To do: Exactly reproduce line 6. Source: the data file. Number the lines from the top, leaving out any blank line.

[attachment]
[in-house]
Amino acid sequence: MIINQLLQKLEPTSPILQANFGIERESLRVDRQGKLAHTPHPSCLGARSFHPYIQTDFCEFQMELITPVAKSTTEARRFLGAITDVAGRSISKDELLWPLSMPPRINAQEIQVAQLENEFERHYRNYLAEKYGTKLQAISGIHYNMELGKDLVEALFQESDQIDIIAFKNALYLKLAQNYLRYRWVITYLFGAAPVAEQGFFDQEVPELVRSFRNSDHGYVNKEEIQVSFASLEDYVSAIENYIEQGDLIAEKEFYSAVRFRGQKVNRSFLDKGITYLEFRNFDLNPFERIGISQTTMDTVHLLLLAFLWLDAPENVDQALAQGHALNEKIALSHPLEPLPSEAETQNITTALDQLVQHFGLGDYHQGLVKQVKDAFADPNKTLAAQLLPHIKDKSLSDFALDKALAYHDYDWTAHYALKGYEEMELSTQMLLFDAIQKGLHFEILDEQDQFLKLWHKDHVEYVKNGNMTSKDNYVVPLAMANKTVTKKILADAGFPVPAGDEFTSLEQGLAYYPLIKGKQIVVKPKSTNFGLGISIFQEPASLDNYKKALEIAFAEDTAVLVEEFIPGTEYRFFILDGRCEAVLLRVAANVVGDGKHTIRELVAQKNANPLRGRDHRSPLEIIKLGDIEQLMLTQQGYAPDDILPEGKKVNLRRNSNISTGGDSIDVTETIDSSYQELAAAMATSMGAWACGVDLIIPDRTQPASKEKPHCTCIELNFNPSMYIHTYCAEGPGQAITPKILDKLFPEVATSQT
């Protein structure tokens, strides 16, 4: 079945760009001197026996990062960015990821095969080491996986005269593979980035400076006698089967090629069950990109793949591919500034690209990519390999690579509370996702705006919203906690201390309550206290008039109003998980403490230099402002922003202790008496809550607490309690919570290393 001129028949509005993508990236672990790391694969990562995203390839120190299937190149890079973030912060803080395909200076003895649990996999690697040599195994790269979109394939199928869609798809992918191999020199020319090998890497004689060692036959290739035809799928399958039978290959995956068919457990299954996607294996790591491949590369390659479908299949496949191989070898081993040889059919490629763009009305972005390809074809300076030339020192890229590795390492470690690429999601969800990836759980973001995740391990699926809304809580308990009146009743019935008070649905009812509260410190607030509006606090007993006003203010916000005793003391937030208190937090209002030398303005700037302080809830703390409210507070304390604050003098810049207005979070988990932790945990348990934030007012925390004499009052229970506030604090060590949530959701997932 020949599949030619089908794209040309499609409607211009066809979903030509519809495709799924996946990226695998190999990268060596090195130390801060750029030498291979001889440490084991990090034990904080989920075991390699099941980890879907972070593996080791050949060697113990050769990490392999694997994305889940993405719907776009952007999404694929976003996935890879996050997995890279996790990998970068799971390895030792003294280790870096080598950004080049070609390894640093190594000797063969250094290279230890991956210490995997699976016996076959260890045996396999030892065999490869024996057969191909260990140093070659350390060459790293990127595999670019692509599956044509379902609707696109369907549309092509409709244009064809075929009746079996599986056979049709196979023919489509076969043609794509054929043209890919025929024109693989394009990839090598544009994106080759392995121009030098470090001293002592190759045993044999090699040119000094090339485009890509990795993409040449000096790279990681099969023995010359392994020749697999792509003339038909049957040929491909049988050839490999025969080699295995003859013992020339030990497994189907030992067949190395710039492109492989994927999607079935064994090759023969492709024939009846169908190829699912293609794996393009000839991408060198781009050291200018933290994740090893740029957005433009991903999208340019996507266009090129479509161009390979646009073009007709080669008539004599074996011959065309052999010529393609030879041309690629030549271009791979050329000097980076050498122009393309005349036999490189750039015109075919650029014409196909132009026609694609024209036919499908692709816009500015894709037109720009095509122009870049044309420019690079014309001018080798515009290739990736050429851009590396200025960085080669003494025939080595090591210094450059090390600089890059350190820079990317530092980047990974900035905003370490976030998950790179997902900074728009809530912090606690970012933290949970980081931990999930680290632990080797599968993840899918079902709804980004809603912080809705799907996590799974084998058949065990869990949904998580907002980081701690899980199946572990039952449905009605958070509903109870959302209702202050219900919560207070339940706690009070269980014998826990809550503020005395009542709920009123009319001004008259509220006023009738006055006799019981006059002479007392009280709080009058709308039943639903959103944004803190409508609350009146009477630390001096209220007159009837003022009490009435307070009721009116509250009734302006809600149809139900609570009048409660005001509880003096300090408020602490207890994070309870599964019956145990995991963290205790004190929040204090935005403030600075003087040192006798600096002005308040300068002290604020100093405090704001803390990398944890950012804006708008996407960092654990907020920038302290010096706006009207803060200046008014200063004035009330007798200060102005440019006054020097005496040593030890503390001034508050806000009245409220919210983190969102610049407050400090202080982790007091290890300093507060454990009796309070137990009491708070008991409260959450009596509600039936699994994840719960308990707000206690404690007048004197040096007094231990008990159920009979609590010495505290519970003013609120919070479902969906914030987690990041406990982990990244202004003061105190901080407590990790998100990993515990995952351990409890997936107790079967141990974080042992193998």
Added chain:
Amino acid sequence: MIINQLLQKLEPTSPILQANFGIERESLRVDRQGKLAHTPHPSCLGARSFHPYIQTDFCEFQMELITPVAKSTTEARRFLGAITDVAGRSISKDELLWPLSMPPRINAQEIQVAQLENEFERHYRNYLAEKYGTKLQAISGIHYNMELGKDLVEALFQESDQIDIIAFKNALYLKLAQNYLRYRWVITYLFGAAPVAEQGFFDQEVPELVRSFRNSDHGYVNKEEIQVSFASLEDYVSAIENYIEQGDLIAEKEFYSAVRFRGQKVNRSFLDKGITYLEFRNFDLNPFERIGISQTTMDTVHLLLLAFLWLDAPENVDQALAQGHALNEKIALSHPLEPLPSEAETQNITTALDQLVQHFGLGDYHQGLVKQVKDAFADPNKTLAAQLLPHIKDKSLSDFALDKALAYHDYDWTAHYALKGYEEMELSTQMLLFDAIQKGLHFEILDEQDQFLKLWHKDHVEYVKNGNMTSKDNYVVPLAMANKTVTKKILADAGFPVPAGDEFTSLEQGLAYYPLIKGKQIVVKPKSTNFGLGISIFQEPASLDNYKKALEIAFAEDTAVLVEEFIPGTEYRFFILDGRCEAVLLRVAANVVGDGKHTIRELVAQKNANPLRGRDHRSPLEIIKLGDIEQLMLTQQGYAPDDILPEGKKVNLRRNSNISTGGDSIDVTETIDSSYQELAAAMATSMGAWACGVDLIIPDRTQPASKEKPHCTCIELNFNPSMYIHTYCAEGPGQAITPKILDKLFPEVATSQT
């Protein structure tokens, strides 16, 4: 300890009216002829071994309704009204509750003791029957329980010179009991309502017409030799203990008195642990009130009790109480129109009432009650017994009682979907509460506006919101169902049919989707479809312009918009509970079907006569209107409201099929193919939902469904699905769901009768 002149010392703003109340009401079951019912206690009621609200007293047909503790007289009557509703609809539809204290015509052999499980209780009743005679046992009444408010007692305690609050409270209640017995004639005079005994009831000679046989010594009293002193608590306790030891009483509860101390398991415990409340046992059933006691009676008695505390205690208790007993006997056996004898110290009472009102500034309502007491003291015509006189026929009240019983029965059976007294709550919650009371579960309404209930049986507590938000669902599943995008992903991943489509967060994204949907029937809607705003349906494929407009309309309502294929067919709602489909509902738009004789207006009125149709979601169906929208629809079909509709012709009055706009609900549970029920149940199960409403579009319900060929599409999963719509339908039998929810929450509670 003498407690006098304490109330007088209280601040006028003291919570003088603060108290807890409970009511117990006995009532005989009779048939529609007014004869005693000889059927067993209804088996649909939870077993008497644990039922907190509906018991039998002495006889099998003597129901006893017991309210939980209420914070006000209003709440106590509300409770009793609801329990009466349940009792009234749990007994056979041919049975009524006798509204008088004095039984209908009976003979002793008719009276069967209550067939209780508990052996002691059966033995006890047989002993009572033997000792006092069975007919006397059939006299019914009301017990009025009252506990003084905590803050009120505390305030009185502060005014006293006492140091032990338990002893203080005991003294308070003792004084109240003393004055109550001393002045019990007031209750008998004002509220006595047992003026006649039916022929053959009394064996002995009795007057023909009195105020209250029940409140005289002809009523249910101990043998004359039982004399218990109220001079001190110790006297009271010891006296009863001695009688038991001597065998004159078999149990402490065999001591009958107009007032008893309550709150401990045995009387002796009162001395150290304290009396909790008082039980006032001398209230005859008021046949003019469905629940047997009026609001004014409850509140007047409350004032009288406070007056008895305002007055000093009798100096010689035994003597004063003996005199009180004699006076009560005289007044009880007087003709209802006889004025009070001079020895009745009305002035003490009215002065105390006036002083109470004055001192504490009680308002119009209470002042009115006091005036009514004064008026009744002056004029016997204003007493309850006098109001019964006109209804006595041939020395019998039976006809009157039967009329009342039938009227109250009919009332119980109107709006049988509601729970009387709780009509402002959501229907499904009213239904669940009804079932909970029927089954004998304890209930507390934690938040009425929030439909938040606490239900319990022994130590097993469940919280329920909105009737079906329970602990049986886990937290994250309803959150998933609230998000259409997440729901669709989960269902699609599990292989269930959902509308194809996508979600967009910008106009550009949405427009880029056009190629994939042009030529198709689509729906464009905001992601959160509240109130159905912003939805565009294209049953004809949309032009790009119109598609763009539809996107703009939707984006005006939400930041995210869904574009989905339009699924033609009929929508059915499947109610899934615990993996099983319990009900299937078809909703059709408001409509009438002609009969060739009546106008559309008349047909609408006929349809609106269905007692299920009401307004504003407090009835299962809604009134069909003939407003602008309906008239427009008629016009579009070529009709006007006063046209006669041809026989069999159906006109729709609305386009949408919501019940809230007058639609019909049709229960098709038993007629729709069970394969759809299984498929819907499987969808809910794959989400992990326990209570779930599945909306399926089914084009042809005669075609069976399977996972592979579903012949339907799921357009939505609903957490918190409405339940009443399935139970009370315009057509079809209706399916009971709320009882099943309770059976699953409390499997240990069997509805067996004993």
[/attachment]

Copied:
């Protein structure tokens, strides 16, 4: 300890009216002829071994309704009204509750003791029957329980010179009991309502017409030799203990008195642990009130009790109480129109009432009650017994009682979907509460506006919101169902049919989707479809312009918009509970079907006569209107409201099929193919939902469904699905769901009768 002149010392703003109340009401079951019912206690009621609200007293047909503790007289009557509703609809539809204290015509052999499980209780009743005679046992009444408010007692305690609050409270209640017995004639005079005994009831000679046989010594009293002193608590306790030891009483509860101390398991415990409340046992059933006691009676008695505390205690208790007993006997056996004898110290009472009102500034309502007491003291015509006189026929009240019983029965059976007294709550919650009371579960309404209930049986507590938000669902599943995008992903991943489509967060994204949907029937809607705003349906494929407009309309309502294929067919709602489909509902738009004789207006009125149709979601169906929208629809079909509709012709009055706009609900549970029920149940199960409403579009319900060929599409999963719509339908039998929810929450509670 003498407690006098304490109330007088209280601040006028003291919570003088603060108290807890409970009511117990006995009532005989009779048939529609007014004869005693000889059927067993209804088996649909939870077993008497644990039922907190509906018991039998002495006889099998003597129901006893017991309210939980209420914070006000209003709440106590509300409770009793609801329990009466349940009792009234749990007994056979041919049975009524006798509204008088004095039984209908009976003979002793008719009276069967209550067939209780508990052996002691059966033995006890047989002993009572033997000792006092069975007919006397059939006299019914009301017990009025009252506990003084905590803050009120505390305030009185502060005014006293006492140091032990338990002893203080005991003294308070003792004084109240003393004055109550001393002045019990007031209750008998004002509220006595047992003026006649039916022929053959009394064996002995009795007057023909009195105020209250029940409140005289002809009523249910101990043998004359039982004399218990109220001079001190110790006297009271010891006296009863001695009688038991001597065998004159078999149990402490065999001591009958107009007032008893309550709150401990045995009387002796009162001395150290304290009396909790008082039980006032001398209230005859008021046949003019469905629940047997009026609001004014409850509140007047409350004032009288406070007056008895305002007055000093009798100096010689035994003597004063003996005199009180004699006076009560005289007044009880007087003709209802006889004025009070001079020895009745009305002035003490009215002065105390006036002083109470004055001192504490009680308002119009209470002042009115006091005036009514004064008026009744002056004029016997204003007493309850006098109001019964006109209804006595041939020395019998039976006809009157039967009329009342039938009227109250009919009332119980109107709006049988509601729970009387709780009509402002959501229907499904009213239904669940009804079932909970029927089954004998304890209930507390934690938040009425929030439909938040606490239900319990022994130590097993469940919280329920909105009737079906329970602990049986886990937290994250309803959150998933609230998000259409997440729901669709989960269902699609599990292989269930959902509308194809996508979600967009910008106009550009949405427009880029056009190629994939042009030529198709689509729906464009905001992601959160509240109130159905912003939805565009294209049953004809949309032009790009119109598609763009539809996107703009939707984006005006939400930041995210869904574009989905339009699924033609009929929508059915499947109610899934615990993996099983319990009900299937078809909703059709408001409509009438002609009969060739009546106008559309008349047909609408006929349809609106269905007692299920009401307004504003407090009835299962809604009134069909003939407003602008309906008239427009008629016009579009070529009709006007006063046209006669041809026989069999159906006109729709609305386009949408919501019940809230007058639609019909049709229960098709038993007629729709069970394969759809299984498929819907499987969808809910794959989400992990326990209570779930599945909306399926089914084009042809005669075609069976399977996972592979579903012949339907799921357009939505609903957490918190409405339940009443399935139970009370315009057509079809209706399916009971709320009882099943309770059976699953409390499997240990069997509805067996004993």